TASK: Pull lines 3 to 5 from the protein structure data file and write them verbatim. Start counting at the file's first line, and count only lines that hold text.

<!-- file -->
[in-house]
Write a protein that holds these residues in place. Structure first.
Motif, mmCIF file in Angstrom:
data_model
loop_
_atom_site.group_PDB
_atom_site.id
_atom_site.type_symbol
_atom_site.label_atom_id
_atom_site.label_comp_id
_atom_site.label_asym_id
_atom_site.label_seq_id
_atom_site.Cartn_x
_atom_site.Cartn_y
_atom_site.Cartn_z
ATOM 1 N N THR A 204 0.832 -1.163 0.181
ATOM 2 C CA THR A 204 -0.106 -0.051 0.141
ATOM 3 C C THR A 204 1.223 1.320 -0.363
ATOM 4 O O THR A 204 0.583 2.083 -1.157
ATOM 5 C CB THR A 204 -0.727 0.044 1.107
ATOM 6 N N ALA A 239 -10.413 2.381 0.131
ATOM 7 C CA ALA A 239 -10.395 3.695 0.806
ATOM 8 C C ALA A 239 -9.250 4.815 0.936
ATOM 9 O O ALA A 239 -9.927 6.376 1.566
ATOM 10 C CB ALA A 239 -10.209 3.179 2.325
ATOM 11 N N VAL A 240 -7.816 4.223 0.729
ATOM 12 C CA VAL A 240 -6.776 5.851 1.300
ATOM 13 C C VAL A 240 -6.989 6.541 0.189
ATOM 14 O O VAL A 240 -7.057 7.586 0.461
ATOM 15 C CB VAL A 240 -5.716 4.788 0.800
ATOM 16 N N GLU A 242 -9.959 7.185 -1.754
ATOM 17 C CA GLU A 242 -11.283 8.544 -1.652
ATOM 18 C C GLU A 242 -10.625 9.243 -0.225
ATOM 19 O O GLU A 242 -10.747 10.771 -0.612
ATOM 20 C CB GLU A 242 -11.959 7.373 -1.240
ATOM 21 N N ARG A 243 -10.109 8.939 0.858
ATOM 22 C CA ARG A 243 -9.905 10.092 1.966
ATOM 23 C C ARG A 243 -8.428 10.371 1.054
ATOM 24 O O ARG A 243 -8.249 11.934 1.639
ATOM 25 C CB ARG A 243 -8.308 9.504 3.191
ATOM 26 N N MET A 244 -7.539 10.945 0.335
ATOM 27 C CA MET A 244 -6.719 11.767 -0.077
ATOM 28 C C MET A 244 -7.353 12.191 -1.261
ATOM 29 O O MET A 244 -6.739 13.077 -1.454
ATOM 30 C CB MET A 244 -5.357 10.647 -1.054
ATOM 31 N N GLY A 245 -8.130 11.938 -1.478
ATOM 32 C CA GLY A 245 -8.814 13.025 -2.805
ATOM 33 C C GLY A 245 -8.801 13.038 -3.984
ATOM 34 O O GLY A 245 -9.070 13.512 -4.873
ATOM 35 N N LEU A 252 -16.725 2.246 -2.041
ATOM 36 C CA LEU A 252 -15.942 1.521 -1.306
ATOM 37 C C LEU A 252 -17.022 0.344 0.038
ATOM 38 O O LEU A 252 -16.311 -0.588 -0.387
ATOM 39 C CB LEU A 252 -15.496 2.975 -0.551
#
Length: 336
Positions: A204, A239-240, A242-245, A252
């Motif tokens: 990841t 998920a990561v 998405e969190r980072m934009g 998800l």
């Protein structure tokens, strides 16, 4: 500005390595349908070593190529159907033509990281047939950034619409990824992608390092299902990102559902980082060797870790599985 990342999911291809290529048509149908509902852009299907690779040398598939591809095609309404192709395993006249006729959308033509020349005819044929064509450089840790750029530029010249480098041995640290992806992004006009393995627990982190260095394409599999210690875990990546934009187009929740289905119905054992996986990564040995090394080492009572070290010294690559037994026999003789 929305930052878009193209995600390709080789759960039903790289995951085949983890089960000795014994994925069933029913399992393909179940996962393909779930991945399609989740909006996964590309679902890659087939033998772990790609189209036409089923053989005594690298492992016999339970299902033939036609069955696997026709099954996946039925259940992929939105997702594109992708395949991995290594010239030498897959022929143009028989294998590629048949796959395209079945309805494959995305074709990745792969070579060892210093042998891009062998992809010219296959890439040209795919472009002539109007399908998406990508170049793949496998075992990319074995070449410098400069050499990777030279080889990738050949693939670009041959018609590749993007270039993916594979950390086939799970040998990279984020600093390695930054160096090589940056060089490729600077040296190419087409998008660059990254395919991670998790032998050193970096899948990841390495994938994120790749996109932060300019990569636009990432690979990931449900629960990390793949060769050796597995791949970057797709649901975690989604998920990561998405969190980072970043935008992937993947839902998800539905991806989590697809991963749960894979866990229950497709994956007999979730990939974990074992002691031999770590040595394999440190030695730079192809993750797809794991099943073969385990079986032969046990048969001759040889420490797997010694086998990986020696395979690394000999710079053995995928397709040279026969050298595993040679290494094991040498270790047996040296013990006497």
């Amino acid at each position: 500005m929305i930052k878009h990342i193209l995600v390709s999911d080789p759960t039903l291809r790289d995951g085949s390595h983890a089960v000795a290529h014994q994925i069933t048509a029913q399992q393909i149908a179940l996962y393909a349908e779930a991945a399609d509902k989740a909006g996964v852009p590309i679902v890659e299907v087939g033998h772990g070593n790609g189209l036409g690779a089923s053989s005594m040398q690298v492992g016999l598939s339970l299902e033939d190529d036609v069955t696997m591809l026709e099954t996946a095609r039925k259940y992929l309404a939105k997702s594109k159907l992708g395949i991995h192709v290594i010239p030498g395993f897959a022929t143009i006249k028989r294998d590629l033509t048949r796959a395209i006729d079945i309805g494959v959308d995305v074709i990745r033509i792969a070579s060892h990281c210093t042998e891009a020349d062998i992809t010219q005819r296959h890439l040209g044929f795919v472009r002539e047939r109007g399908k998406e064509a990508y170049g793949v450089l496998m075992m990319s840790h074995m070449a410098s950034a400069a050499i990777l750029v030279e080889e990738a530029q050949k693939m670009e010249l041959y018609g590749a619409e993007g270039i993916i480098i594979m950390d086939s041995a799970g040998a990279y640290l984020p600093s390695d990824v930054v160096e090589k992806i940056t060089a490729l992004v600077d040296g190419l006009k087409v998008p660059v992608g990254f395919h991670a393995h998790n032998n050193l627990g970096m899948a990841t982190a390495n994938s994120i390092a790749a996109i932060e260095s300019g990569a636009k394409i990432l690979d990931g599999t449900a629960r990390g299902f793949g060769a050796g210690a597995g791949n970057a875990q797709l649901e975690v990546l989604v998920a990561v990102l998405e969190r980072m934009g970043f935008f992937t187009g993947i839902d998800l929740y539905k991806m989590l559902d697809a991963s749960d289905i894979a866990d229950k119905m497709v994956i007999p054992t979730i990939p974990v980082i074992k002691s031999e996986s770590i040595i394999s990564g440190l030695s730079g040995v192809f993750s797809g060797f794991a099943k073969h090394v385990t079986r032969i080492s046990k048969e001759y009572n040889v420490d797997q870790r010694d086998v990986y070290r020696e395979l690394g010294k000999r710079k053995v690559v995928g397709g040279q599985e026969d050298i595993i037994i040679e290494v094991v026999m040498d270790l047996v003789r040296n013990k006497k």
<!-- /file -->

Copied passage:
Motif, mmCIF file in Angstrom:
data_model
loop_